Tuesday, September 4, 2007
Ketchup's Secret Ingredient
The Tomato Bee was a rollicking success!
There were naysayers: supermarket checkout women, grumpy old men, and finicky dieters posting on chat boards said that great homemade ketchup couldn’t be done.
“I had to mix it with store-bought ketchup just so the kids would eat it,” one woman told me. Another warned, “It has so much sugar in it!” I smiled patiently, thinking, Must be one of those follow-the-recipe people.
On Saturday morning, my Dad and I loaded up the (hybrid!) SUV with two huge pots, a propane tank and burner, two bushel baskets of tomatoes, one jug of olive oil, a bag full of spices, three large plastic bins, nearly a dozen tools for stirring and mashing, a bottle of soap, a hose, a wad of cheesecloth, a roll of twine, a giant Thermos of tart, homemade lemonade, a half-dozen assortment of rags and towels and a stack of reusable plastic cups (no paper products for us), two digital cameras, two cookbooks, one large umbrella, one folding table, four aprons, an armful of wide-brimmed hats, a bottle of sunscreen, and an industrial-grade sieve borrowed from Chef J. D. Fratzke of Muffuletta.
A note on our source recipes. I may have mentioned that I never follow a recipe to the letter (passed down from Dad, like my big head). No less than four informed our ketchup attempt:
1. The (possibly) very first tomato catsup recipe, published in 1803 in the Sugar House Cookbook, which I found on Wikipedia.
2. An 1871 recipe from Maron Harland’s Common Sense in the Household
3. Kenneth Roberts’ memories of his New England grandmother’s catsup making, first published in 1938 in the Saturday Evening Post (both Roberts’ and Harland’s recipes are collected in American Food Writing.)
4. Mark Bittman’s modern take from How to Cook Everything.
We unloaded our gear at the St. Anthony Park Community Garden and set up in a corner overlooking a local Girl Scout troop’s pumpkin patch. Megan, the garden's coordinator (at right), helped me wash the tomatoes while Dad charred sweet red peppers over the burner (ours would not be ketchup for purists, inspired in part by Bittman's recipe, which includes onions and peppers).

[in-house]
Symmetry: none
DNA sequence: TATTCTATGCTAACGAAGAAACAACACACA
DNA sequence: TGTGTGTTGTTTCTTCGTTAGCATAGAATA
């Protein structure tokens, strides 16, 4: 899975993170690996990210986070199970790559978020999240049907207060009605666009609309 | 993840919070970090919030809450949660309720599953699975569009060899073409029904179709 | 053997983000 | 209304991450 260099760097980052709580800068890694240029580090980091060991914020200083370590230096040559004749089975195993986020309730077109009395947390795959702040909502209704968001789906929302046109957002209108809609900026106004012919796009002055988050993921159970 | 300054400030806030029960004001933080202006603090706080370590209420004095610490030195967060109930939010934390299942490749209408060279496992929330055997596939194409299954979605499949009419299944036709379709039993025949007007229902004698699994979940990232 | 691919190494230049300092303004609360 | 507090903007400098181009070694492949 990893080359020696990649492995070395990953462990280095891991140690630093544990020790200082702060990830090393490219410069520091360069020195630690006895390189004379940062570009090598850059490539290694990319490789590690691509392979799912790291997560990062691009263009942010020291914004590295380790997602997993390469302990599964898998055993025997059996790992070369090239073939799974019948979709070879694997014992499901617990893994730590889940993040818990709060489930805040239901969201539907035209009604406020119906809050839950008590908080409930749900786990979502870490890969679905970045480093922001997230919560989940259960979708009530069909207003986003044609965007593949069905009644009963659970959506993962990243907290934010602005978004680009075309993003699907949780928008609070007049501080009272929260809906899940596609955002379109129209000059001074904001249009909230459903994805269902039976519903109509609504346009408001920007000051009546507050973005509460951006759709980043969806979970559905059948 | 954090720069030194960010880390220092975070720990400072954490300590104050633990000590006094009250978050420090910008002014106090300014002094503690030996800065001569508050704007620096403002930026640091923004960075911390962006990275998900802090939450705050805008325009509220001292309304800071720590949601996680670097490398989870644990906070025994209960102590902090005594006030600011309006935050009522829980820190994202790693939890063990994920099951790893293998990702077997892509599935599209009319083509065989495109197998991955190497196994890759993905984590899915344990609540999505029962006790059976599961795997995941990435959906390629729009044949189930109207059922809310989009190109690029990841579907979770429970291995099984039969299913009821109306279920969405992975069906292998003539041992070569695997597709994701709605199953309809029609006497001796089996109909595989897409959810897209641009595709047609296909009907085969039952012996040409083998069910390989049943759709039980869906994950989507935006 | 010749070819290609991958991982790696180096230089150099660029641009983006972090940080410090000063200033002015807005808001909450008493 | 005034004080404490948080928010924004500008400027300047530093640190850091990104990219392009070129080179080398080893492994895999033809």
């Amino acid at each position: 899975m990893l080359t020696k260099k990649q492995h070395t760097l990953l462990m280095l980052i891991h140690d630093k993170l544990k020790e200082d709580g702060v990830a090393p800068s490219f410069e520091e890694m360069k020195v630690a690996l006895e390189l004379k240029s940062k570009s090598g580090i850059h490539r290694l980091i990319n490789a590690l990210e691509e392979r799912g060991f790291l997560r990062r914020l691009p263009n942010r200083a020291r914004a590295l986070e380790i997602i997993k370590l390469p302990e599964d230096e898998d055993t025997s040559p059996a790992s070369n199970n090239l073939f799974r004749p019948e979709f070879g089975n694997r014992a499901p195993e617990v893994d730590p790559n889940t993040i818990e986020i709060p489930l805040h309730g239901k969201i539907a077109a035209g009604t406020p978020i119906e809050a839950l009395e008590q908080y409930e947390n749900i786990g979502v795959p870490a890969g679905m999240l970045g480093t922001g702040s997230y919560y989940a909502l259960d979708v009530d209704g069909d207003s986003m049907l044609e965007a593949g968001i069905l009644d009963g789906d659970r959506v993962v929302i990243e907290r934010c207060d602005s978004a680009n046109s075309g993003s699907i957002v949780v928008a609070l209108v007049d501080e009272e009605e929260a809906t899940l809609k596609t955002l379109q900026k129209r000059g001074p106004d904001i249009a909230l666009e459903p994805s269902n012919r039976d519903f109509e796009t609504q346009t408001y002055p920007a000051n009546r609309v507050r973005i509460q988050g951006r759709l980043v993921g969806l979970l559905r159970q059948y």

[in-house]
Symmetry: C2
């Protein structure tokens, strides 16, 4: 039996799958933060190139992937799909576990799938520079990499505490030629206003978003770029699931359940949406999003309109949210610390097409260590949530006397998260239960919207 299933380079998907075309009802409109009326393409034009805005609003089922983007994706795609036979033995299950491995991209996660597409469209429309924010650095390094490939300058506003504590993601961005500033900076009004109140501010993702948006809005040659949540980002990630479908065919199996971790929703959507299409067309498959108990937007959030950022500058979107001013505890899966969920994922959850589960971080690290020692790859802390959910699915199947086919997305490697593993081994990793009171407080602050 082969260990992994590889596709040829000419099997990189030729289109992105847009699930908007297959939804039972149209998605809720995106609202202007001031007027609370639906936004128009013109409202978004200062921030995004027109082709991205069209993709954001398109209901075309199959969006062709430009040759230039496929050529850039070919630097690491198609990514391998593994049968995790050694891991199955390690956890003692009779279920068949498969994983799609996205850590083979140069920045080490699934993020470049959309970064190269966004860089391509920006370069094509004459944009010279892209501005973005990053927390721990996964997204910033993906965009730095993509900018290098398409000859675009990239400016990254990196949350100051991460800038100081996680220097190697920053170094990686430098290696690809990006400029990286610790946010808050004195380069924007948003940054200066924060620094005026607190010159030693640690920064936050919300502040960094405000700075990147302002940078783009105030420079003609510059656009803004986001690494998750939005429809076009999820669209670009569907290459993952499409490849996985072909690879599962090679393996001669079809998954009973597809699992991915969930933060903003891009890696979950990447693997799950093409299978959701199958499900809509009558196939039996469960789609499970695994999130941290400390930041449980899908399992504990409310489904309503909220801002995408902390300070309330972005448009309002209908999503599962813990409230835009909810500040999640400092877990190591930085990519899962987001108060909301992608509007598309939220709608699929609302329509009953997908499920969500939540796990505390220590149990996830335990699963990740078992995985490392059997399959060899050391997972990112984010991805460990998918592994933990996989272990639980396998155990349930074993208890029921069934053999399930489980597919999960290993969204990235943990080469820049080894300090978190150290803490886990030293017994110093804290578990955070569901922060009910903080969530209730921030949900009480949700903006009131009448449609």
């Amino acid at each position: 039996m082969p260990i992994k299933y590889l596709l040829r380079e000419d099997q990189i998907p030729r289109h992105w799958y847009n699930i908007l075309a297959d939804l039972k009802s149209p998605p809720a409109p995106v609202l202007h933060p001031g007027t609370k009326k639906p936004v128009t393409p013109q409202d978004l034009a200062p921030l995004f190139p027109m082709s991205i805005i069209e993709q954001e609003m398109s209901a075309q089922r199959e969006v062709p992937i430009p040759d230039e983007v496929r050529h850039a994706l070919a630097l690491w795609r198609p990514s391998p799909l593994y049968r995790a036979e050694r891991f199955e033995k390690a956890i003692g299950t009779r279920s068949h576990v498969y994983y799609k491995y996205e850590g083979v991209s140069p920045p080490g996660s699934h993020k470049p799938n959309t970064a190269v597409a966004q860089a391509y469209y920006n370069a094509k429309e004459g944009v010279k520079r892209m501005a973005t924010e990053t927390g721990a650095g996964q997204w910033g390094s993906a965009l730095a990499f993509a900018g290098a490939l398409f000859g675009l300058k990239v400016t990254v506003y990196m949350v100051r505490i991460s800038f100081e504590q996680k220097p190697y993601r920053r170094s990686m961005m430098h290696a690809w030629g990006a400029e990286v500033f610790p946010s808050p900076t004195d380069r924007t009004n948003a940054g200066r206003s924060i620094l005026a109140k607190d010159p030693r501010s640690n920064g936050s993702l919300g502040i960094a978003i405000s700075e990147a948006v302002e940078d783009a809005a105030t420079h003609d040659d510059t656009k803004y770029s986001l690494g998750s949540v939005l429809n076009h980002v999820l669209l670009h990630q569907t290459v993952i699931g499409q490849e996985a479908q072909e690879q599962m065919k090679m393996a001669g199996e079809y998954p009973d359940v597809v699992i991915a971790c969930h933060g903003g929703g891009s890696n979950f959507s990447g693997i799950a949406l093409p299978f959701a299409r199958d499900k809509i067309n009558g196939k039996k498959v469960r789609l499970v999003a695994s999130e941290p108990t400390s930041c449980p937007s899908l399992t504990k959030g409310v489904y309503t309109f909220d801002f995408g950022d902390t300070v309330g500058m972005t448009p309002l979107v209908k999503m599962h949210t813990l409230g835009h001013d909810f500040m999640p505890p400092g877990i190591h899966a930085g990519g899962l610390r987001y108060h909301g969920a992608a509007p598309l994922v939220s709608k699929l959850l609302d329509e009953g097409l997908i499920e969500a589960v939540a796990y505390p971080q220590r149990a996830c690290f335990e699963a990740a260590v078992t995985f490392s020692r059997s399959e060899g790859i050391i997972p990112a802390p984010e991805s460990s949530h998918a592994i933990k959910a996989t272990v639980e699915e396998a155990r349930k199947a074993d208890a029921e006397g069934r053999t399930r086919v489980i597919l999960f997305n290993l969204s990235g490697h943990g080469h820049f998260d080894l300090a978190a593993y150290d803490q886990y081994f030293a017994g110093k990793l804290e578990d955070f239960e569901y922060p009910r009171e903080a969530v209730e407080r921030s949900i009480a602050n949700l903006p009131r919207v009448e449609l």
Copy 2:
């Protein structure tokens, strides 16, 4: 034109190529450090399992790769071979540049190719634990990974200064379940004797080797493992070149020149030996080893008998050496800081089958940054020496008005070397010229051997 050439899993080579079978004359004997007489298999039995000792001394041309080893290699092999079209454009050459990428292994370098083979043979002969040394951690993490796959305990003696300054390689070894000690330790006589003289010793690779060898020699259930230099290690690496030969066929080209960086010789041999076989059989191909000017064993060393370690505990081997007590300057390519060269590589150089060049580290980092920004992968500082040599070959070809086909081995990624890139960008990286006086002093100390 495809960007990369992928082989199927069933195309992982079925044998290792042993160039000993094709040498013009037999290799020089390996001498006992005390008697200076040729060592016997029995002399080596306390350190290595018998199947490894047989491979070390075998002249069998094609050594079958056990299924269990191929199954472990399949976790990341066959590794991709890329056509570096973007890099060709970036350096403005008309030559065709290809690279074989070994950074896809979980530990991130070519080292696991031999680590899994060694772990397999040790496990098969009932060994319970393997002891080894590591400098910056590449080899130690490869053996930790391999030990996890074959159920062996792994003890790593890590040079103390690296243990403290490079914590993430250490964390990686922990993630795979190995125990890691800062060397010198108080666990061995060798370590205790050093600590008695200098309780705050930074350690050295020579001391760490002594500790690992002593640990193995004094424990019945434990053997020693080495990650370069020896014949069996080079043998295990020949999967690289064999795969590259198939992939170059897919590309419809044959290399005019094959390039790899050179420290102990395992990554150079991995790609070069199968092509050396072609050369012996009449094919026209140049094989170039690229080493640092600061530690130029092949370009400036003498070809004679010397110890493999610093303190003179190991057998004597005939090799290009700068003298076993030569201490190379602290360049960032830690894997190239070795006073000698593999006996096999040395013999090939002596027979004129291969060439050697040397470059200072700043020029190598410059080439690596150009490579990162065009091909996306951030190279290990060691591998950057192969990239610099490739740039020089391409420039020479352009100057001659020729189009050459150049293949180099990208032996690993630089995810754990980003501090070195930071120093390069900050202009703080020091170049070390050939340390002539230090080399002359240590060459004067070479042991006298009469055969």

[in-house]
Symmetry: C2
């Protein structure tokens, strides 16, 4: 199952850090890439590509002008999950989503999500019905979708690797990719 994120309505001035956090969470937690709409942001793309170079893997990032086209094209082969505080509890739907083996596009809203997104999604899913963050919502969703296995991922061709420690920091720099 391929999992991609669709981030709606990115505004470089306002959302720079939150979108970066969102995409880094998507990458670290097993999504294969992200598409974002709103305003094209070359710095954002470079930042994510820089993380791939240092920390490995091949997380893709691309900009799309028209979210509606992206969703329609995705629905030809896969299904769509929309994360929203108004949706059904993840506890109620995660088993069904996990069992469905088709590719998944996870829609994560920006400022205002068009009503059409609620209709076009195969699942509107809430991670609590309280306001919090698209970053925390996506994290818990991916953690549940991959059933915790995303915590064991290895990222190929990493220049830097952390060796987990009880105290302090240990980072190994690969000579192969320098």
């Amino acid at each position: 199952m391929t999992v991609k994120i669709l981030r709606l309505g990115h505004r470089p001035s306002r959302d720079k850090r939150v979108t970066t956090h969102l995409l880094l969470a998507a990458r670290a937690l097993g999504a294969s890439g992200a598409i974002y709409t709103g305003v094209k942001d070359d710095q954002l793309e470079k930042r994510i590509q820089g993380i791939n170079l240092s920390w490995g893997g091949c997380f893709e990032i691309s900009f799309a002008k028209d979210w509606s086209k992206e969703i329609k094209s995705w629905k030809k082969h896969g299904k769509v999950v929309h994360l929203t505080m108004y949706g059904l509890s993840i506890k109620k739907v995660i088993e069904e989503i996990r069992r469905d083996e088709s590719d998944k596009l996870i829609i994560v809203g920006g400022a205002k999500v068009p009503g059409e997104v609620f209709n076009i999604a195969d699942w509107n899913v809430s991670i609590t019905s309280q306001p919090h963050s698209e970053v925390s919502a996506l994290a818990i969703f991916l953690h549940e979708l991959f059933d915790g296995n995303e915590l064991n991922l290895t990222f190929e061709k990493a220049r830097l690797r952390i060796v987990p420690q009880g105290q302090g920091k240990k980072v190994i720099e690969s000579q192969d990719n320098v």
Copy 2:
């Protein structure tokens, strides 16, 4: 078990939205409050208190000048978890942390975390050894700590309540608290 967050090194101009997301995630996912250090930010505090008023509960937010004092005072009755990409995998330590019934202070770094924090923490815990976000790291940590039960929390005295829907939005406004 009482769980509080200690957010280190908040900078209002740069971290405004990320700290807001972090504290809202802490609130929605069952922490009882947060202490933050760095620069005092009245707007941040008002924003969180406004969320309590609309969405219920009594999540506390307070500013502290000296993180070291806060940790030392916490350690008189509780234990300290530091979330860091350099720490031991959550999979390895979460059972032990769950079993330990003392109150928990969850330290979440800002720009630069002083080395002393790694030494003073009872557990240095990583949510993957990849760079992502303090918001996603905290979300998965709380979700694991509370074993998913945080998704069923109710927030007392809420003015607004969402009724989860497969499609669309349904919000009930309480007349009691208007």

Taking a cue from the Sugar House recipe, we mashed the tomatoes to a pulp with our bare hands. My grandmas Sue and Leonora took to the task like little girls making mud-pies.
Next, we put the tomato mash and red pepper flesh over a hot flame for about 90
minutes, until it was a vivid red stew specked with skin and seeds. Aunt Bracey (at right) was one of the folks to take a turn with the spoon, preventing the tomatoes from burning at the bottom.
Several gardeners showed up to see what was going on (“Is this the ketchup thing?”). One couple had a grocery bag full of what we believed to be tomatoes but was in fact Mason jars, displaying a marked misunderstanding of the share-and-share-alike concept of the Bee.
The sun at its height, we gave ourselves and the tomatoes a good 30 minutes to cool off. As we gazed around this peaceful scene of late-summer abundance, it struck us: where's the beer?! I made a run for a cold 12-pack of St. Paul's own Summit Scandia Ale. Our friend Mary astutely observed that beer may well be the secret ingredient to a successful tomato bee.
Refreshed, we proceeded to the next step. Working in batches, we poured the stew into the sieve and worked a hole-punched stainless steel spoon in a circular motion, forcing the juice and pulp through the sieve (alas, I was not born with the silver spoon that Sugar House recommends). We followed this first sieving with a few turns in a food mill.
While we were mulling (er, milling) all this over, Michelle Hueser, the editor of Edible Twin Cities stopped by, looking for inspiration for her upcoming editor's letter on the "tomato crunch" -- the age-old Minnesota problem of what to do with all them August tomatoes. I'm not sure if we'll get a shout-out in her magazine, but it was great talking food and food writing with her.
By then, it was late afternoon. From at least 100 ripe tomatoes, we had a damp and spiky mass of rosy skins and yellow seeds (bound for the compost pile) and about a gallon or so of liquid puree.
This was the point when we would sweeten, salt, and spice the concoction and leave to boil away to ketchup consistency -- a process that our various sources claimed to take anywhere from one to five hours.
We were a bit loopy from the long hours in the sun and looking forward to supper at Aunt Rose and Uncle John's house (true foodies -- their romance was born in the aisles of an upscale cooking supply store). We decided to declare victory and pack it in to finish the cooking at home. I carried the pot of puree on my lap while Dad drove.
A lot of fun is still to come -- the Preparation of the Seasoning Pouch, the Great Vinegar Taste Test, and, of course, the Labor Day BBQ when my ketchups (yes, plural!) made their debut. Check back soon.